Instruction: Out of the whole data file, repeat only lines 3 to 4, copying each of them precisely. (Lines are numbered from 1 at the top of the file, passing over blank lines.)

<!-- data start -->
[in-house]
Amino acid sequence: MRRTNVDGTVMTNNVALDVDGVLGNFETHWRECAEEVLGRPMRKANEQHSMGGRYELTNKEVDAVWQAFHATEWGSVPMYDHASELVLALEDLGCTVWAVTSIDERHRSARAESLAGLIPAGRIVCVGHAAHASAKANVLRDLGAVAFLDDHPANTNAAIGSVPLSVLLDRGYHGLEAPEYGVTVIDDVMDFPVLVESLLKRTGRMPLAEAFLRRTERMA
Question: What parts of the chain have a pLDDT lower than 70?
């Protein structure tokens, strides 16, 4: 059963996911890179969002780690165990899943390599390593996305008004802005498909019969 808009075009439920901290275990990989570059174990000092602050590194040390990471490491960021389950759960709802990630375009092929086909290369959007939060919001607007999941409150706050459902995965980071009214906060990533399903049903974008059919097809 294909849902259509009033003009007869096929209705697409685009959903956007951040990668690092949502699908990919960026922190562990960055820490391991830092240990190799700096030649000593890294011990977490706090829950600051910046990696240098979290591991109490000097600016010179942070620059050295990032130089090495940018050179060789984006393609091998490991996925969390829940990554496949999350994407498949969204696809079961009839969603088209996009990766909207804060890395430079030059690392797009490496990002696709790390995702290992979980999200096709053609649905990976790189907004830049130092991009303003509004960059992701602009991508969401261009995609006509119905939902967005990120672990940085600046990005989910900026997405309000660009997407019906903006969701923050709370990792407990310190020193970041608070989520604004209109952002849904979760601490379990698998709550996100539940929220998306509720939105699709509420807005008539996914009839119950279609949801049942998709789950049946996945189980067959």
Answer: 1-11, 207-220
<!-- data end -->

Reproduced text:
Question: What parts of the chain have a pLDDT lower than 70?
């Protein structure tokens, strides 16, 4: 059963996911890179969002780690165990899943390599390593996305008004802005498909019969 808009075009439920901290275990990989570059174990000092602050590194040390990471490491960021389950759960709802990630375009092929086909290369959007939060919001607007999941409150706050459902995965980071009214906060990533399903049903974008059919097809 294909849902259509009033003009007869096929209705697409685009959903956007951040990668690092949502699908990919960026922190562990960055820490391991830092240990190799700096030649000593890294011990977490706090829950600051910046990696240098979290591991109490000097600016010179942070620059050295990032130089090495940018050179060789984006393609091998490991996925969390829940990554496949999350994407498949969204696809079961009839969603088209996009990766909207804060890395430079030059690392797009490496990002696709790390995702290992979980999200096709053609649905990976790189907004830049130092991009303003509004960059992701602009991508969401261009995609006509119905939902967005990120672990940085600046990005989910900026997405309000660009997407019906903006969701923050709370990792407990310190020193970041608070989520604004209109952002849904979760601490379990698998709550996100539940929220998306509720939105699709509420807005008539996914009839119950279609949801049942998709789950049946996945189980067959």